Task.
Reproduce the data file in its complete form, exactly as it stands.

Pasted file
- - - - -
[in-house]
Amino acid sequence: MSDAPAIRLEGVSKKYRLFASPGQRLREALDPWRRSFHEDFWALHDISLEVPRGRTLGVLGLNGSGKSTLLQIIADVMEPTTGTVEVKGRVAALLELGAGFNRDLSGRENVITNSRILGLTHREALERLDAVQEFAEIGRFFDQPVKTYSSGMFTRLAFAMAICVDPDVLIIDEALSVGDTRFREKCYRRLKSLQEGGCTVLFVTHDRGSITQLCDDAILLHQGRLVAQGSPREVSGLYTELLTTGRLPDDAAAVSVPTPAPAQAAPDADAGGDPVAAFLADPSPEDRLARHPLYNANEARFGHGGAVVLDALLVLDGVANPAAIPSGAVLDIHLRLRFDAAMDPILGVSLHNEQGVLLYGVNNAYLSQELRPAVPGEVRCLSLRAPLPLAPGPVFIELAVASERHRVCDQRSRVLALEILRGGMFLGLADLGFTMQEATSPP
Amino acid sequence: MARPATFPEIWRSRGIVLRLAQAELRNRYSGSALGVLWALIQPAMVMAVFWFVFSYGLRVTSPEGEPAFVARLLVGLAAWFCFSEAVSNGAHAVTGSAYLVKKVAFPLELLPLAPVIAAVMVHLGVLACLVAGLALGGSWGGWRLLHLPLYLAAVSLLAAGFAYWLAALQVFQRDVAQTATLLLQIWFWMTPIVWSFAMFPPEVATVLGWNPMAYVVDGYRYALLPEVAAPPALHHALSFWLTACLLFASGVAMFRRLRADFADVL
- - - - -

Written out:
[in-house]
Amino acid sequence: MSDAPAIRLEGVSKKYRLFASPGQRLREALDPWRRSFHEDFWALHDISLEVPRGRTLGVLGLNGSGKSTLLQIIADVMEPTTGTVEVKGRVAALLELGAGFNRDLSGRENVITNSRILGLTHREALERLDAVQEFAEIGRFFDQPVKTYSSGMFTRLAFAMAICVDPDVLIIDEALSVGDTRFREKCYRRLKSLQEGGCTVLFVTHDRGSITQLCDDAILLHQGRLVAQGSPREVSGLYTELLTTGRLPDDAAAVSVPTPAPAQAAPDADAGGDPVAAFLADPSPEDRLARHPLYNANEARFGHGGAVVLDALLVLDGVANPAAIPSGAVLDIHLRLRFDAAMDPILGVSLHNEQGVLLYGVNNAYLSQELRPAVPGEVRCLSLRAPLPLAPGPVFIELAVASERHRVCDQRSRVLALEILRGGMFLGLADLGFTMQEATSPP
Amino acid sequence: MARPATFPEIWRSRGIVLRLAQAELRNRYSGSALGVLWALIQPAMVMAVFWFVFSYGLRVTSPEGEPAFVARLLVGLAAWFCFSEAVSNGAHAVTGSAYLVKKVAFPLELLPLAPVIAAVMVHLGVLACLVAGLALGGSWGGWRLLHLPLYLAAVSLLAAGFAYWLAALQVFQRDVAQTATLLLQIWFWMTPIVWSFAMFPPEVATVLGWNPMAYVVDGYRYALLPEVAAPPALHHALSFWLTACLLFASGVAMFRRLRADFADVL